State and local authorities have stepped up enforcement, but that's had little impact.
"California residents already know the struggle to rein in the use of illegal fireworks," Priya Arora noted in The New York Times in mid-June. "Residents in Fresno have made hundreds of complaints to law enforcement agencies and City Council members in recent weeks about the almost nightly sound of popping fireworks," Arora added.
As authorities should know by now, imposing legal restrictions on any popular good or service does less to limit availability than it does to drive the market beyond control and into the hands of criminals. We've seen that with alcohol, the sex trade, drugs, guns, and now fireworks. Prohibitionists don't eliminate the things they hate; they bring us moonshine, sex workers dodging both cops and pimps, smuggled heroin of uncertain purity, garage-built ghost guns, and explosives piled in backyards. Once a market is driven underground, quality becomes unpredictable, business practices are sketchy, and safety standards take a turn for the not-so-safe.
That's not to say that legal markets are entirely without risk. On July 4, a cache of commercial fireworks blew up in Ocean City, Maryland, as professionals were setting up for a scheduled display. "One employee with the fireworks company suffered minor injuries," according to WGAL. "Police said no one else was hurt."
Compare that toll to the two deaths in the Ontario, California fireworks explosion—or to the 17 people injured when the LAPD tried to dispose of illegal fireworks. Legal markets can't guarantee perfect safety in a world in which that's never an option. But they do create environments in which industry standards, legal liability, insurance rules, public opinion, and regulatory pressures act to encourage responsible behavior and reduce risk.
On the other hand, if you want to maximize the dangers of any activity, go ahead and impose tight restrictions or prohibitions. Then sit back and watch as people who don't give a damn about rules move in and set the standards—and face off against enforcers who can be as dangerous as criminals.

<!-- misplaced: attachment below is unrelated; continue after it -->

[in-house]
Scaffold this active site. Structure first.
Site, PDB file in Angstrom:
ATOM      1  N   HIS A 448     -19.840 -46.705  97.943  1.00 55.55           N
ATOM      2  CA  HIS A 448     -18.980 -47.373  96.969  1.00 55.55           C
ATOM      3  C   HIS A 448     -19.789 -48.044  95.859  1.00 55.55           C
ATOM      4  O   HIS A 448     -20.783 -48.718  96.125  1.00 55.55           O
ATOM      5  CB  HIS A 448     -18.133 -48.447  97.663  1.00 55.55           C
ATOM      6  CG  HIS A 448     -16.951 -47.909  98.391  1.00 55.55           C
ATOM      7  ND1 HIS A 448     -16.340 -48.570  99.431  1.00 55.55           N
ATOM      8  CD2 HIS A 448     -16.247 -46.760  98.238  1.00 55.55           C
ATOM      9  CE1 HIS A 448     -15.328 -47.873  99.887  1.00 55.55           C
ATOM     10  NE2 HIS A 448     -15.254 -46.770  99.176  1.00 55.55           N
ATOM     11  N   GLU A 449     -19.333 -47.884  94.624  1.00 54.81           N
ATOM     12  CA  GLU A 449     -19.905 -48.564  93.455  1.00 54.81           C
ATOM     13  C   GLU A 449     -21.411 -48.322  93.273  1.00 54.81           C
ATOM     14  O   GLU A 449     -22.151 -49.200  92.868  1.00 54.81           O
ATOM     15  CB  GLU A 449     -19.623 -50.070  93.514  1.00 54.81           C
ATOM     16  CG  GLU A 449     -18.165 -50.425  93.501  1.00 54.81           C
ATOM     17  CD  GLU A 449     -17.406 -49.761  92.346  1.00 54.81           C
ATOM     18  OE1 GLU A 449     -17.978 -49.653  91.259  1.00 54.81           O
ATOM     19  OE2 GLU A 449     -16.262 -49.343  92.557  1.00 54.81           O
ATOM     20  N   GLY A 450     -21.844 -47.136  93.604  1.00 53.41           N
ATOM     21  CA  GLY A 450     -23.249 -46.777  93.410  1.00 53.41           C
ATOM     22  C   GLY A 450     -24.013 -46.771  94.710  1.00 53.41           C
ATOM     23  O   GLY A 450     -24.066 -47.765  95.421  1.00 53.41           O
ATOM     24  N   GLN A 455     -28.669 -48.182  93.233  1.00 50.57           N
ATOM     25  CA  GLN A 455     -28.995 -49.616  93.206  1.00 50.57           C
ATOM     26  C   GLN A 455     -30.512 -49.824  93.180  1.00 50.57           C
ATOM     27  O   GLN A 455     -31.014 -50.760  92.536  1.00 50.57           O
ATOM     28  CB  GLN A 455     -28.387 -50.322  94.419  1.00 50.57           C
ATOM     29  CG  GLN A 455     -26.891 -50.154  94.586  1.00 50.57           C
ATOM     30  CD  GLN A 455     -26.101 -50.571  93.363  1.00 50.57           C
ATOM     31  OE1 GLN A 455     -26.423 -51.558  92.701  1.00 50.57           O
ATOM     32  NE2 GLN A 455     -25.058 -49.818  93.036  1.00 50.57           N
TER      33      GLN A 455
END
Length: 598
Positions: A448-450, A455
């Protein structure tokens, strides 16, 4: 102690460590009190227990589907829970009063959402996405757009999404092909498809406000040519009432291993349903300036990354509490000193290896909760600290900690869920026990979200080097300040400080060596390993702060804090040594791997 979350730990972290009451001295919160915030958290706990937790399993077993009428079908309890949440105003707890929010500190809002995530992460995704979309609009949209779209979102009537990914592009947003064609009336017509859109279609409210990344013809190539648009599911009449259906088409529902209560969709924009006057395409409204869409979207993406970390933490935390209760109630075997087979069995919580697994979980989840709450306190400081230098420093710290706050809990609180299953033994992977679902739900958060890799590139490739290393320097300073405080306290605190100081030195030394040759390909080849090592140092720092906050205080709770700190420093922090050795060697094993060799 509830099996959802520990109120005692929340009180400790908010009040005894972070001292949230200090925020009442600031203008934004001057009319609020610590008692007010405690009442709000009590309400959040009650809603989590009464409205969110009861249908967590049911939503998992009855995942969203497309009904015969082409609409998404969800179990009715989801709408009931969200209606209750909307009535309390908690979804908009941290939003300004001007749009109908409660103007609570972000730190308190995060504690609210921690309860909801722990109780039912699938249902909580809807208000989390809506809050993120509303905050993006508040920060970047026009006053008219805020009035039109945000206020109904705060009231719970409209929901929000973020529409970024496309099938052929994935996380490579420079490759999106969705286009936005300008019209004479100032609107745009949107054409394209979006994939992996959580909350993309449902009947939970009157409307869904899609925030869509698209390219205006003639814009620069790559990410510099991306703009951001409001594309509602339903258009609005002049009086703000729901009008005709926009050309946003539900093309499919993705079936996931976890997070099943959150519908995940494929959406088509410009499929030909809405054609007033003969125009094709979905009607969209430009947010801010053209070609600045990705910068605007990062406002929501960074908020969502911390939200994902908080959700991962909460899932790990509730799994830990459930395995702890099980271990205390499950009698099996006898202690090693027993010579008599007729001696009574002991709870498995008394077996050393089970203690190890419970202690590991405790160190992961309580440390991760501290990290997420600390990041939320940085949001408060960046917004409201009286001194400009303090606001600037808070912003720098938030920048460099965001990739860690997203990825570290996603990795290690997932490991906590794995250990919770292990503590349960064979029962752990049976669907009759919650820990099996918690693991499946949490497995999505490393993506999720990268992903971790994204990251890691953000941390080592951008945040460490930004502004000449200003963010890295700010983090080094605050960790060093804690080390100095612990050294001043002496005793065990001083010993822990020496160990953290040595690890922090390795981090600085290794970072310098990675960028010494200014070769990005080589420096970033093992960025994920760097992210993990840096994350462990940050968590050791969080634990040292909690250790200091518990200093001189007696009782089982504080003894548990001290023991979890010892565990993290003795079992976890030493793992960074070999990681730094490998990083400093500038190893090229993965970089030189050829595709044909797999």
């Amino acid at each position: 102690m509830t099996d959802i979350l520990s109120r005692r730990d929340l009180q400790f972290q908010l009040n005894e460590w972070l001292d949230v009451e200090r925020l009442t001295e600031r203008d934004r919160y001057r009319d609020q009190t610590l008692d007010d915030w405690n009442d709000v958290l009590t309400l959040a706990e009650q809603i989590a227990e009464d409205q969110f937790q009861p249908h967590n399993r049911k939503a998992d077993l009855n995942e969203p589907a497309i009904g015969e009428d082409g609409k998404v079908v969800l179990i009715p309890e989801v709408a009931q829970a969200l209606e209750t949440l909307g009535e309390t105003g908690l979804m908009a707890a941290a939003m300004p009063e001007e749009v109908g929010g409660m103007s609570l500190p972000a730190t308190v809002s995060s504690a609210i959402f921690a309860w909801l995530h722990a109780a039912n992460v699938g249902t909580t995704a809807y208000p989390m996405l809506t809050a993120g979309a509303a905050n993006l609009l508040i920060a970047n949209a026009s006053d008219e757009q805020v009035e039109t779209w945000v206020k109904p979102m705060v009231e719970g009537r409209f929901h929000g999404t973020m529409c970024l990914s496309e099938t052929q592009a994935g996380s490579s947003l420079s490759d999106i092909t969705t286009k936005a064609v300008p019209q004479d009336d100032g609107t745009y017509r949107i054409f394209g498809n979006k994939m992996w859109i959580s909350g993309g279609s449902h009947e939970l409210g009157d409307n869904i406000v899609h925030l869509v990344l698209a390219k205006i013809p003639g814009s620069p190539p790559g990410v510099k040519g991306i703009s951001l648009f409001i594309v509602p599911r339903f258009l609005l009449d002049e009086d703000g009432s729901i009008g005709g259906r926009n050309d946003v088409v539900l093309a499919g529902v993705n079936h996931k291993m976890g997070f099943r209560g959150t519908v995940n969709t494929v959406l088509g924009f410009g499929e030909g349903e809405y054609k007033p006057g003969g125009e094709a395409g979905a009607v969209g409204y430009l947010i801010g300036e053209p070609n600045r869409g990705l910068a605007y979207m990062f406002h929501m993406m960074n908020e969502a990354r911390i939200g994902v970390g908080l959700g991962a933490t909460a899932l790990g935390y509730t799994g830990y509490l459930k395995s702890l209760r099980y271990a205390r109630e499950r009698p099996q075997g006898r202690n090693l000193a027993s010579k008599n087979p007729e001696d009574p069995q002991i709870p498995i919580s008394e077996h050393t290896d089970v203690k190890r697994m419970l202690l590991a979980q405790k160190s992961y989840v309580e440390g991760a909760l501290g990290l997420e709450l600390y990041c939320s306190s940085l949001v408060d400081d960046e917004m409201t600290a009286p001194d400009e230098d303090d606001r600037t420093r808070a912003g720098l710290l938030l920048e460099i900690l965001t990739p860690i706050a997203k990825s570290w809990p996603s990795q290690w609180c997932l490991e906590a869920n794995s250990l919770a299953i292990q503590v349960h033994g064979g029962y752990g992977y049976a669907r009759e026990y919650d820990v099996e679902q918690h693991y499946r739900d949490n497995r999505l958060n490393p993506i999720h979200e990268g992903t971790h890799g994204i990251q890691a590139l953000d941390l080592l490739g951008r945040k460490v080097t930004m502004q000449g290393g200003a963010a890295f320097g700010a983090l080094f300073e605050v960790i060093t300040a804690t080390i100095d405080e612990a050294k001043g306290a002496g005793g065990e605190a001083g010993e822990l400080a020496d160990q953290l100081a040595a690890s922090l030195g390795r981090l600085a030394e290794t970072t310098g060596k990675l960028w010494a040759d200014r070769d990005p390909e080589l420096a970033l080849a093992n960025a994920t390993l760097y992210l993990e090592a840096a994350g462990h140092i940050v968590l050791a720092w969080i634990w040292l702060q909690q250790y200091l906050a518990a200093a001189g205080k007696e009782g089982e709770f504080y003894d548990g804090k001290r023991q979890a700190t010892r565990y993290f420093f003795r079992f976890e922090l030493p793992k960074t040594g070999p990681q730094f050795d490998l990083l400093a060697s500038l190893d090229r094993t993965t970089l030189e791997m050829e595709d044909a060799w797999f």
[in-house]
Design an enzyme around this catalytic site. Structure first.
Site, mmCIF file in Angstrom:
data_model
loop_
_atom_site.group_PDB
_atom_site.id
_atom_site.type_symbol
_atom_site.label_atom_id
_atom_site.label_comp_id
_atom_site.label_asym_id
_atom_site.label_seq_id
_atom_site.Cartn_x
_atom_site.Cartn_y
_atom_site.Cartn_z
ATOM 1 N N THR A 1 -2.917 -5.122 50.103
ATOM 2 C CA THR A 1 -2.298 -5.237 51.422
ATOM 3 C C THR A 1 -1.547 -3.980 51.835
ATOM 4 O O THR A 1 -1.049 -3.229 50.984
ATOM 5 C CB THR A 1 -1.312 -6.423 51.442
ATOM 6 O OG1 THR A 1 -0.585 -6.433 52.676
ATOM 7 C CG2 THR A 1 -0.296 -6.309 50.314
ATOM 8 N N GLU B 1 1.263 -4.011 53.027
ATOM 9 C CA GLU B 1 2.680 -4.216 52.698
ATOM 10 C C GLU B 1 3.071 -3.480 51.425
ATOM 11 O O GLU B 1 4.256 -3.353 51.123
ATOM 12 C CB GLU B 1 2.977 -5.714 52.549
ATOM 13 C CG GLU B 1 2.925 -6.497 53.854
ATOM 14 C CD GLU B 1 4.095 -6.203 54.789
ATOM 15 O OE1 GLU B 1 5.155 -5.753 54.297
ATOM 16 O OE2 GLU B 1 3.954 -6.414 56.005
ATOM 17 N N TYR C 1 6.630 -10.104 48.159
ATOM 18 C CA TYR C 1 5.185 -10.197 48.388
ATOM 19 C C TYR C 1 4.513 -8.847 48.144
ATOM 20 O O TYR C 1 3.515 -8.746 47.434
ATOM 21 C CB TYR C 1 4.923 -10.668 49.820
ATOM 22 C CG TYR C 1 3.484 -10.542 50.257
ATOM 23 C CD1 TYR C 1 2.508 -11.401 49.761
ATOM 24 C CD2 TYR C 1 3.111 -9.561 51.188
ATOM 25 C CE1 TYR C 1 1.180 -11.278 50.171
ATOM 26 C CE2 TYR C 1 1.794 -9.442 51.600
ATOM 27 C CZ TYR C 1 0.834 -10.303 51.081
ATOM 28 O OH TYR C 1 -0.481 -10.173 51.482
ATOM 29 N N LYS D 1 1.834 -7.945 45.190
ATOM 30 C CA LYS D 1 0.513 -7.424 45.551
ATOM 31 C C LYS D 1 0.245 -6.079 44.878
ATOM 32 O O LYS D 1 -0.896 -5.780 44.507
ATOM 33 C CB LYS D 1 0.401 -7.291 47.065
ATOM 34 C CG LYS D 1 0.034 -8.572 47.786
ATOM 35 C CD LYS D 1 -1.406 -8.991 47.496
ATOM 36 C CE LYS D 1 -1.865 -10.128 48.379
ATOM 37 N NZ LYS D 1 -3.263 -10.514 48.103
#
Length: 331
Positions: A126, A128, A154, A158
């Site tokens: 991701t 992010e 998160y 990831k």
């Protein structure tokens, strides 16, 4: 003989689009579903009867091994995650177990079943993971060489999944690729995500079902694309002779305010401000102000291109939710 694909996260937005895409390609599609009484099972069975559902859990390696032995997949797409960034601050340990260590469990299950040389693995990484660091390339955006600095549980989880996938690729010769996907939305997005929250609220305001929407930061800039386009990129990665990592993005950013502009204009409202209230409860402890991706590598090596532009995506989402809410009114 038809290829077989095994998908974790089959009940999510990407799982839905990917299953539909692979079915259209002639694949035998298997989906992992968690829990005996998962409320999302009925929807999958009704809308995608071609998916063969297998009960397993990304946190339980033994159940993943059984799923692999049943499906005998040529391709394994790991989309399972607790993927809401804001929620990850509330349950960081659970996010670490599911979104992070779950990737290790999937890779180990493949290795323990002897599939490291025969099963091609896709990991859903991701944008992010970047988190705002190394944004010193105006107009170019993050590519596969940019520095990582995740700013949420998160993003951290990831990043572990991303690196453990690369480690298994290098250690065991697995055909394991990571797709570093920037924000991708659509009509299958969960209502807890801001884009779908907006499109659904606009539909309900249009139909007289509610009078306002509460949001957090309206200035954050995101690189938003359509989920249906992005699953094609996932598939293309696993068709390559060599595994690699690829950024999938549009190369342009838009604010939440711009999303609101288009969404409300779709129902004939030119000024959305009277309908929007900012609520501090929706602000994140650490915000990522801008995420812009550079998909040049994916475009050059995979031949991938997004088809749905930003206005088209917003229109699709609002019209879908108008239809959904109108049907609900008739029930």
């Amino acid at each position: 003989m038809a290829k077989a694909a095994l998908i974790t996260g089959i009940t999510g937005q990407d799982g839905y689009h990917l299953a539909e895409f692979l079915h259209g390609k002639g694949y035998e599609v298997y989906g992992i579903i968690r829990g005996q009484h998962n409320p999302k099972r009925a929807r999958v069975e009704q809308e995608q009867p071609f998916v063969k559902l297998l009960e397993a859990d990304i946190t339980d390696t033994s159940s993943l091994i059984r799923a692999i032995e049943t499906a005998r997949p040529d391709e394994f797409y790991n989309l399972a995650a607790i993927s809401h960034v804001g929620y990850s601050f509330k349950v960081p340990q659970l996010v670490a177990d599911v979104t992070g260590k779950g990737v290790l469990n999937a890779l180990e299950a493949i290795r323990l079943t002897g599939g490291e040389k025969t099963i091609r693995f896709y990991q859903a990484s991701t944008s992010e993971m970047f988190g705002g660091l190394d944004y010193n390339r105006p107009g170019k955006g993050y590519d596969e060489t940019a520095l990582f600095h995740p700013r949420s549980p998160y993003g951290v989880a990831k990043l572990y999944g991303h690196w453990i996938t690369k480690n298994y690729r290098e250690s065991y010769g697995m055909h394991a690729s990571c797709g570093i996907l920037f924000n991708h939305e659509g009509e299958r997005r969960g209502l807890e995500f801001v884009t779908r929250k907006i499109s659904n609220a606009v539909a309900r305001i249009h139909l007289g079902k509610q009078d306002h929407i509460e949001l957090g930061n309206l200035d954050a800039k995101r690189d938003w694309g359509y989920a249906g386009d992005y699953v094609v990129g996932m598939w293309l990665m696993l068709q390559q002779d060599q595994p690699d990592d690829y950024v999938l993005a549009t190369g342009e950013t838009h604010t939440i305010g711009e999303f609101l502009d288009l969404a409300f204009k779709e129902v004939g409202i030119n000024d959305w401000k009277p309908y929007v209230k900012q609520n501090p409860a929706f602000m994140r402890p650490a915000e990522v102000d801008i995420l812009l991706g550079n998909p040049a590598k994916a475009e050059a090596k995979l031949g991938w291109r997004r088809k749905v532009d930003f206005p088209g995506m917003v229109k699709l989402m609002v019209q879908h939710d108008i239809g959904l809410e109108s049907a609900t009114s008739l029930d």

Official attitudes don't have to be restrictive and risk-maximizing.
"This is the time of year that people always ask us about obtaining a fireworks permit," the Marlborough, New Hampshire Police Department posted on its Facebook page the day before the LAPD blew up a neighborhood it was "protecting" from illegal fireworks. "Marlborough does not have a fireworks ordinance so permits are not required. If you insist, you can issue yourself a permit using the template pictured below. Please keep safety a priority, as freedom is best celebrated with ten fingers."
Attached was a picture of Ron Swanson, the libertarian character from Parks and Recreation, holding a paper with text saying "I can do what I want."
There are all sorts of goods and activities in this world that come with a bit of danger attached. Minimizing the associated risks requires keeping those things legal so that people so inclined can enjoy them in a reasonably responsible way. The alternative to legalization isn't an absence of peril; it's a guy stacking contraband on his back patio until cops come rumbling down the street to "protect" the public with ill-considered tactics that blow out windows and put people in the hospital.